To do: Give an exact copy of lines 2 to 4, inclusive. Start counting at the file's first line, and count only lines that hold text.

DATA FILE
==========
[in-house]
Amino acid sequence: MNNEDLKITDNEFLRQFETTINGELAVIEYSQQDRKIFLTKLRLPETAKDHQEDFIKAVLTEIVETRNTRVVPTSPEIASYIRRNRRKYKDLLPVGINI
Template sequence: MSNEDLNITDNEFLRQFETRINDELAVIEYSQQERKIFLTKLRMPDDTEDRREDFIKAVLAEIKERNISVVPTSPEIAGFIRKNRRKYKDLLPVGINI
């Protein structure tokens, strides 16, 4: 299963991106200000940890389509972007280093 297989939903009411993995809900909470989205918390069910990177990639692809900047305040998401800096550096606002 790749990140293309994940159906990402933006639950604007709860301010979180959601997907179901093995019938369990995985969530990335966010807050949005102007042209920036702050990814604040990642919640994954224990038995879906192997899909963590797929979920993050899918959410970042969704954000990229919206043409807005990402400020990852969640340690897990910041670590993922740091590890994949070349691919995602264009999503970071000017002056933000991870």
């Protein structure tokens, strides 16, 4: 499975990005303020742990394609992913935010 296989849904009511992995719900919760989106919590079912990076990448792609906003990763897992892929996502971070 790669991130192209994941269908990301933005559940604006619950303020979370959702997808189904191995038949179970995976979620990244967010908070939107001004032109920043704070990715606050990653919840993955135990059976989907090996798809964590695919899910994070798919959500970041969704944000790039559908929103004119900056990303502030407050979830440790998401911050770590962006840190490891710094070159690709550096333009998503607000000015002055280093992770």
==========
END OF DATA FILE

Amino acid sequence: MNNEDLKITDNEFLRQFETTINGELAVIEYSQQDRKIFLTKLRLPETAKDHQEDFIKAVLTEIVETRNTRVVPTSPEIASYIRRNRRKYKDLLPVGINI
Template sequence: MSNEDLNITDNEFLRQFETRINDELAVIEYSQQERKIFLTKLRMPDDTEDRREDFIKAVLAEIKERNISVVPTSPEIAGFIRKNRRKYKDLLPVGINI
């Protein structure tokens, strides 16, 4: 299963991106200000940890389509972007280093 297989939903009411993995809900909470989205918390069910990177990639692809900047305040998401800096550096606002 790749990140293309994940159906990402933006639950604007709860301010979180959601997907179901093995019938369990995985969530990335966010807050949005102007042209920036702050990814604040990642919640994954224990038995879906192997899909963590797929979920993050899918959410970042969704954000990229919206043409807005990402400020990852969640340690897990910041670590993922740091590890994949070349691919995602264009999503970071000017002056933000991870």